CONCLUSION: While Deflating the Inflation remains a bullish catalyst for the Chinese economy, the lag between this event and the turn in both the reported growth data and growth expectations may have just increased. As such, we are of the view that waiting and watching for clarity is the best strategy in the immediate term for China.


VIRTUAL PORTFOLIO: Sold our long positions in Chinese equities (CAF) on MAY 21.


***This is an adjunct to our MAY 16 note titled, “CHINA: LESS BORING; MORE CONFUSING”. If you haven’t yet seen it, we encourage you to check that out in conjunction with our update below.***


The incremental growth slowdown in China has been confirmed. Per the State council: “We must proactively take policies and measures to expand demand and to create a favorable policy environment for stable and relatively fast economic growth.”


We can’t stress this enough: this is a dramatic rhetorical shift from guiding down growth expectations to trying to support falling growth expectations. Easing to support growth is a far superior driver of improvements in investor sentiment than easing to save growth, with the latter potentially being a bearish catalyst.


As outlined in the previous note, we anticipate that Chinese GDP bottoms here in 2Q – function of our Deflating the Inflation theme and the accompanying policy maneuvers giving us the scope to roll with our proprietary median forecasts for Chinese growth. That led us to the following conclusion (from last week’s research note): “… while we don’t view a material acceleration in Chinese economic growth in 2H as a probable event absent a removal of the property market curbs, we do think further RRR reductions and actual interest rate cuts will start to filter through the economy and provide an eventual boost to Chinese economic growth.” If we start accepting our predictive tracking algorithm’s downside guidance as the highest probability scenario, the range of Chinese GDP expectations is unlikely to bottom over the intermediate term.




Mixed signals make it too soon to tell which is the correct interpretation, however. Chinese rate sensitive sectors (Financials; Industrials) are not outperforming in the face of accelerating easing expectations in the interest rate swaps and currency forwards markets, while property developers have accelerated their outperformance over the last 6-8 weeks.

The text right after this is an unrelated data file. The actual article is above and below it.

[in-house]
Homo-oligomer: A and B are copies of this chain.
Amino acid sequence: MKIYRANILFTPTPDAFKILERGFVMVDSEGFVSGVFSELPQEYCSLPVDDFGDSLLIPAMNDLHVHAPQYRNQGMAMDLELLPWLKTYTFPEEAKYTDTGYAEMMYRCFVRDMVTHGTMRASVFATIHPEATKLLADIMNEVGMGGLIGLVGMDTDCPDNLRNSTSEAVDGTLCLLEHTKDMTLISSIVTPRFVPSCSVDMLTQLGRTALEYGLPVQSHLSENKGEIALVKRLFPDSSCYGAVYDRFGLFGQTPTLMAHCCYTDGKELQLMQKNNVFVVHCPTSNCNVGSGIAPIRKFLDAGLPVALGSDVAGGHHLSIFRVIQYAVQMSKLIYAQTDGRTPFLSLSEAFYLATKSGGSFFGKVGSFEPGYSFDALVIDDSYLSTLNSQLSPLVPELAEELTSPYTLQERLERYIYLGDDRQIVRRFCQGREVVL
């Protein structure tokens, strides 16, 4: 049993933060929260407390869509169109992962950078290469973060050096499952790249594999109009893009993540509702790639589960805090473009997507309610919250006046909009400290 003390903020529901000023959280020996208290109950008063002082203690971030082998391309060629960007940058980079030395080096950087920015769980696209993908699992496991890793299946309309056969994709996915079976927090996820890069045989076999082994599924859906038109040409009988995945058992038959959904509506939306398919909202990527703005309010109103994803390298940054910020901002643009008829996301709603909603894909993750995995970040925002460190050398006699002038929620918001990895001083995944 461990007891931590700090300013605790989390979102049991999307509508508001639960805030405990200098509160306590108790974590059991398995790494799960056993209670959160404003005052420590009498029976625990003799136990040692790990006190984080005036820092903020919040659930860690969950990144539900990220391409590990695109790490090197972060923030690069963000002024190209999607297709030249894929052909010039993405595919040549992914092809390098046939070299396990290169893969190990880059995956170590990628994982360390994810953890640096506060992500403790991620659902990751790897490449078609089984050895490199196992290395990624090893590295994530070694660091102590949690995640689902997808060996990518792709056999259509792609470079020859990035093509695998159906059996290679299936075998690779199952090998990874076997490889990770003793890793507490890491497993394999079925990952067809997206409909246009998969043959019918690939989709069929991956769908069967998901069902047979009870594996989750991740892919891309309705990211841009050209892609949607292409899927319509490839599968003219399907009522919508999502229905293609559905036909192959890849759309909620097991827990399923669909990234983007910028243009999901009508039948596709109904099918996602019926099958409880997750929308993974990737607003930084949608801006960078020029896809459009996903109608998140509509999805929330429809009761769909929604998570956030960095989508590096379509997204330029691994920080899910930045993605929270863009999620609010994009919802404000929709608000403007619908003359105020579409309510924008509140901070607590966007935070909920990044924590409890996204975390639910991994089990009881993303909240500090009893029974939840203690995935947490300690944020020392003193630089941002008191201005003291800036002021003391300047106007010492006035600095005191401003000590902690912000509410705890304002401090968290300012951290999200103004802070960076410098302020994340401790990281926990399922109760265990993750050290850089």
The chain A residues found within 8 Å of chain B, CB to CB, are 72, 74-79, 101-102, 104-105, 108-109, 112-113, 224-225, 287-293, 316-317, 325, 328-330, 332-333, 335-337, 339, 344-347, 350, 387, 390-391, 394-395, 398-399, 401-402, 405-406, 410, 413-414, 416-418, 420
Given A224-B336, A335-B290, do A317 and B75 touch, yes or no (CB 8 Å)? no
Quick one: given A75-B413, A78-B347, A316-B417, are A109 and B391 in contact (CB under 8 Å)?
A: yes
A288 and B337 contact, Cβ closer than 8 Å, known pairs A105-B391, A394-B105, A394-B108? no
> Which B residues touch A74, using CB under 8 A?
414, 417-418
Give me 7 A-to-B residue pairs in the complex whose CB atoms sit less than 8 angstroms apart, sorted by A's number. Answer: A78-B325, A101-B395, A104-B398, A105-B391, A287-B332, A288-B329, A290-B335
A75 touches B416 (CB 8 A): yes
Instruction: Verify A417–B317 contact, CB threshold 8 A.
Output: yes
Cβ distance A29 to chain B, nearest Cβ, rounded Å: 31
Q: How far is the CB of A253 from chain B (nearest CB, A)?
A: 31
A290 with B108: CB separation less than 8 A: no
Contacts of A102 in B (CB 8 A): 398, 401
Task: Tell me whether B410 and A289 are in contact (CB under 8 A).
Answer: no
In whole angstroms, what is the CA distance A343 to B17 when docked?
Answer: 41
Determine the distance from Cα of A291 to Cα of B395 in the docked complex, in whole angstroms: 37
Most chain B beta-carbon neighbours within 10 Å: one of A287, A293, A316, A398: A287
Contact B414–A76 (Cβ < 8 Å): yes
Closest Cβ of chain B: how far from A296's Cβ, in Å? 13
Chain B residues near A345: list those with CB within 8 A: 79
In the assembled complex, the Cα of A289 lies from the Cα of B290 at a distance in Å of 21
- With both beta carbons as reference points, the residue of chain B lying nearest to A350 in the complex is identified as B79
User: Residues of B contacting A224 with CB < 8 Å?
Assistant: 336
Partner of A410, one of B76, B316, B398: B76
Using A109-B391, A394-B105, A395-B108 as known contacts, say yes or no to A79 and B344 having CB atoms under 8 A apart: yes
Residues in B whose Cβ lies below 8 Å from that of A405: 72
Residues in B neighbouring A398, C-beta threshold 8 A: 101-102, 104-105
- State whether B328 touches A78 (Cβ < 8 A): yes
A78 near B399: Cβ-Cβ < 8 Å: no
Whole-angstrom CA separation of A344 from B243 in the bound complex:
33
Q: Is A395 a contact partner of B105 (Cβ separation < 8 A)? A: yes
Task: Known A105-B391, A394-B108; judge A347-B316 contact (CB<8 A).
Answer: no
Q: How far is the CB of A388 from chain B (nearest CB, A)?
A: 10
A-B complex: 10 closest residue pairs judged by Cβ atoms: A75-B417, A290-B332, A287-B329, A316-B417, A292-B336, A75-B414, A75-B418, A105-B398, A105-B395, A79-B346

As an aside, we continue to wrestle with the thought that accelerating FX deprecation speculation is a sign of accelerating capital outflows – which would coincide with an acceleration to the downside in Chinese property prices and a potential Chinese banking crisis. That’s far from our baseline TREND-duration expectations currently, but we’ll adjust our outlook according with real-time data (i.e. market prices). Chinese banks sold a net CNY60.6B of foreign currency in APR (-0.2% MoM) and, while modest, this marks the first sign of a sequential capital outflow since DEC.




Regarding our market price indicators, the broader Chinese equity market is in the process of confirming a TREND breakdown on our proprietary quantitative models – a clear signal to us that investors should get to the sidelines here and wait for further confirmation. Sometimes the hardest thing to do in a business that demands positive P&L on an increasingly high frequency basis is “doing nothing”. In spite of such institutionalized pressures to act, our new call on China is just that for now.


Jumping back to the point regarding Chinese property developers’ recent outperformance, there are a handful of potential catalysts that can shift both sentiment and operating metrics in a positive direction over the near term that warrant keeping an eye on as it relates to the Chinese demand curve (Gross Fixed Capital Formation = 46.4% of GDP): 

  • Per today’s statement out of the State Council: “China will start a series of key infrastructure projects that are vital to the overall economy and can facilitate growth and speed up construction of existing railway, environmental protection and rural projects.”
  • Per Chen Guoqiang, Vice Chairman of the China Real Estate Society: “China is unlikely to expand a property tax trial to more cities in the near term and the government will continue home purchase restrictions.”
  • Per the Ministry of Land Resources, China will boost land supply for housing by 21 percent from last year to 172,600 hectares... Regardless of the unsustainable nature of adding incremental supply of unoccupied apartment buildings and shopping malls, stepping up construction here is bullish for Chinese growth from a TREND-duration perspective; bearish for property prices over the long-term TAIL, however.
  • Per the Ministry of Housing and Urban-Rural Development, China’s municipal governments were recently asked to submit by end-May a report on the progress of social housing construction over the past 2yrs and plans for 2013-2015. The reports are designed to help decide if adjustments are needed to social home construction targets in the 5yrs through 2015 (i.e. likely an acceleration in construction if anything). 

All told, while Deflating the Inflation remains a bullish catalyst for the Chinese economy, the lag between this event and the turn in both the reported growth data and growth expectations may have just increased. As such, we are of the view that waiting and watching for clarity is the best strategy in the immediate term for China.


Darius Dale

Senior Analyst

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